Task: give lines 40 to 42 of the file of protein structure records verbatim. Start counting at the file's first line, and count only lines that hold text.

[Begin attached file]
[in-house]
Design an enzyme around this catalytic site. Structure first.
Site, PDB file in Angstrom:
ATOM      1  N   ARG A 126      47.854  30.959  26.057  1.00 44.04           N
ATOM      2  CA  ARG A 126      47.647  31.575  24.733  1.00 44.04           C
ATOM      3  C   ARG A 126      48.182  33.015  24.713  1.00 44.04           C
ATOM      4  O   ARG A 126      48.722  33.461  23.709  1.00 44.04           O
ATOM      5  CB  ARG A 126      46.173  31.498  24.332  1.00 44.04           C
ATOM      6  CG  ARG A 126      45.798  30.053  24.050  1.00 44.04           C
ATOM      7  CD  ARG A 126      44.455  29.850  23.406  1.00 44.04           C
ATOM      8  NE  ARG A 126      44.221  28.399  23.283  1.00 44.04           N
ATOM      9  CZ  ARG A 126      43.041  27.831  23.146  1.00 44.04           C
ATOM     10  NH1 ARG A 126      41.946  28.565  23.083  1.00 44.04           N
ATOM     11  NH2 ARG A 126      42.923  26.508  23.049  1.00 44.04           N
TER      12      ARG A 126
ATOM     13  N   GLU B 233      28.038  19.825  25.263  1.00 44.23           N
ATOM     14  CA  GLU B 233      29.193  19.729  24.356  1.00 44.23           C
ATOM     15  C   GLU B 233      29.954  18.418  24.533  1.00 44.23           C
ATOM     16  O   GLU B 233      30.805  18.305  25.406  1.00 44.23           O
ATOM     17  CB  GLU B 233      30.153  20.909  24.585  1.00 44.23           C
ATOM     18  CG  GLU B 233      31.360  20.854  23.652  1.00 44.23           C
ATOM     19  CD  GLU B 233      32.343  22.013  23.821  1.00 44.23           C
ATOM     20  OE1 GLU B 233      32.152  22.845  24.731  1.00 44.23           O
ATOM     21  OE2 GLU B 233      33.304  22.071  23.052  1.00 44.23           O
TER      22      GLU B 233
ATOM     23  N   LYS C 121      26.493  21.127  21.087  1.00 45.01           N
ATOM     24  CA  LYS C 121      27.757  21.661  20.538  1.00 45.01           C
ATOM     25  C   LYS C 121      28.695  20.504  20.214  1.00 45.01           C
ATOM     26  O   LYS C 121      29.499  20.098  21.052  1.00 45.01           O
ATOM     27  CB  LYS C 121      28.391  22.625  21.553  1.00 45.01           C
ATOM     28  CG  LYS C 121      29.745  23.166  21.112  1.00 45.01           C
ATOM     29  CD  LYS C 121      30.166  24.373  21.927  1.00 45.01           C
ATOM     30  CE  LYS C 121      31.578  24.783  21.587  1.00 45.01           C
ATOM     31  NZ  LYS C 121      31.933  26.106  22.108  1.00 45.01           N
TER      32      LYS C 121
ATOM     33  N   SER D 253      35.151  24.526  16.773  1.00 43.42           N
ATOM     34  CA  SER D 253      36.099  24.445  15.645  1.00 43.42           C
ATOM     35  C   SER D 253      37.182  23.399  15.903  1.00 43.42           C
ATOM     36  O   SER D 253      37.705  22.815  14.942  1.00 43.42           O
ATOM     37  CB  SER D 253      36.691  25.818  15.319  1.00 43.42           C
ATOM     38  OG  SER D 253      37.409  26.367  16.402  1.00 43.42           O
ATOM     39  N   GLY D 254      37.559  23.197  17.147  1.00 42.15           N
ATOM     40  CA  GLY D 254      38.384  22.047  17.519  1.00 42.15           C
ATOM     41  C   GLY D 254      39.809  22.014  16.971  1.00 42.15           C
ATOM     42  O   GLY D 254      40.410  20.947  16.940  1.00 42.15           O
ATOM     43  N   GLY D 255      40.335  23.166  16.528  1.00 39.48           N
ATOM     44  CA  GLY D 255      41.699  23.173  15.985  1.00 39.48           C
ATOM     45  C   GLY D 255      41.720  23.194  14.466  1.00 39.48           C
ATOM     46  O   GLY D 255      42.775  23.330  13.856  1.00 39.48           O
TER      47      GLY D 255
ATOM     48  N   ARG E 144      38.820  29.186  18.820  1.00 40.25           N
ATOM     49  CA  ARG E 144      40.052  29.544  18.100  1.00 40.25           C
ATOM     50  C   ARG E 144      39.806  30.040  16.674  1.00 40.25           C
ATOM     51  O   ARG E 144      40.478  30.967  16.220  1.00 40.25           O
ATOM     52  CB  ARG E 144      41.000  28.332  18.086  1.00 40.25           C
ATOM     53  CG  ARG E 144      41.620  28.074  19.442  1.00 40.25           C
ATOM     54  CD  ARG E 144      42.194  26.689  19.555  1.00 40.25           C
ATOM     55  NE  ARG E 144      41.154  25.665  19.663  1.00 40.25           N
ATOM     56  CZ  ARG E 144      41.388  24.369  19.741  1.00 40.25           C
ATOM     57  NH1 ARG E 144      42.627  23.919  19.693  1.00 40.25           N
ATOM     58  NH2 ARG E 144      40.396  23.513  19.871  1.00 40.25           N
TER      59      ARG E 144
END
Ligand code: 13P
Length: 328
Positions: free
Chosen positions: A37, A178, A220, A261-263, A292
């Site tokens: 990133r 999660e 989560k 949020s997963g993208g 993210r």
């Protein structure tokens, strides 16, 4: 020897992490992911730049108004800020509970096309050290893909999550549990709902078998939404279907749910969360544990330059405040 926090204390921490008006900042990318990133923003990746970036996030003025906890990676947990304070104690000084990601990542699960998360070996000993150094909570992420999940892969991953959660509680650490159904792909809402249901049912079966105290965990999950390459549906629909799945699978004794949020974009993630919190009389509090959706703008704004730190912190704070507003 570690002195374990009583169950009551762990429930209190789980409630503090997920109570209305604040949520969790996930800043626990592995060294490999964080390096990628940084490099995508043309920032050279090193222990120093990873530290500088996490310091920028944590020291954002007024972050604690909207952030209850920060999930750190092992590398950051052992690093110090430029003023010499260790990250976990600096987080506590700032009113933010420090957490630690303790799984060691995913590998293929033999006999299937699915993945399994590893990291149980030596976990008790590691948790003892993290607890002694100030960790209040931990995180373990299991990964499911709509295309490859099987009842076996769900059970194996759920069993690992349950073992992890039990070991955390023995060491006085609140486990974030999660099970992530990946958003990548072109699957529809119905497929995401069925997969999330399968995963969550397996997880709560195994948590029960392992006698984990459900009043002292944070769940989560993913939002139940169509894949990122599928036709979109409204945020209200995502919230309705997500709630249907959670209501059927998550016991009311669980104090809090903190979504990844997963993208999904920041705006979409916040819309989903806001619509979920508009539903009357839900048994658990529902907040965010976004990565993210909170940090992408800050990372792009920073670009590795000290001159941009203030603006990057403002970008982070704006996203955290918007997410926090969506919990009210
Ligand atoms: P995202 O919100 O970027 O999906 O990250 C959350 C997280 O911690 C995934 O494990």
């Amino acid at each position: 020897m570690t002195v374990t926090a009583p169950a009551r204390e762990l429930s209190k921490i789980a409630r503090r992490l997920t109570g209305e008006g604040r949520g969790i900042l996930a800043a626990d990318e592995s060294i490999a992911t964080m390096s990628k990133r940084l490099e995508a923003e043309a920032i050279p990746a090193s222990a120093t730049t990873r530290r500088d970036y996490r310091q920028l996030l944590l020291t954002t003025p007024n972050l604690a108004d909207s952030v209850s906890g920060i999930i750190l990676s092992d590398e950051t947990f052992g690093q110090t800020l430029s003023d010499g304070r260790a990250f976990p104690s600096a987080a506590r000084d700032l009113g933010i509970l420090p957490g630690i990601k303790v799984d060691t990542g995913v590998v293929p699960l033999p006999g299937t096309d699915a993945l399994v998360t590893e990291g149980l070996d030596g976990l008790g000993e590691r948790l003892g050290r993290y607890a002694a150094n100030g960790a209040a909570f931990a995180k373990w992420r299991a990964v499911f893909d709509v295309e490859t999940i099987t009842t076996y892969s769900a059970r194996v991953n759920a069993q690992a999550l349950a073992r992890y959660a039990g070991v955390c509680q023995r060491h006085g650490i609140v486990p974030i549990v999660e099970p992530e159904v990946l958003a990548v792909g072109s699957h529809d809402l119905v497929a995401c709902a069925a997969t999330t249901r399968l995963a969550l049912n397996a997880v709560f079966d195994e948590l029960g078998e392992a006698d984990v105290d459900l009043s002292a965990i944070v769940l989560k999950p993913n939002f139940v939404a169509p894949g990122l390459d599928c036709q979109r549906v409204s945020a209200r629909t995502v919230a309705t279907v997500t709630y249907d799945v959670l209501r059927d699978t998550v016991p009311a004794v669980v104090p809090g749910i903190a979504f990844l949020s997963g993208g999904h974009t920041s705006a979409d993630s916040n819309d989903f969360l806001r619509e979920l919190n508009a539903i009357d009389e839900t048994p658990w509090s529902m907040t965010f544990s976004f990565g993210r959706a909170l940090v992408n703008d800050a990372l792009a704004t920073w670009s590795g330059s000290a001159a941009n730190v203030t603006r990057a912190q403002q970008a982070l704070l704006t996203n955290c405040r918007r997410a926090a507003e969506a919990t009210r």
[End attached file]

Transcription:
ATOM     37  CB  SER D 253      36.691  25.818  15.319  1.00 43.42           C
ATOM     38  OG  SER D 253      37.409  26.367  16.402  1.00 43.42           O
ATOM     39  N   GLY D 254      37.559  23.197  17.147  1.00 42.15           N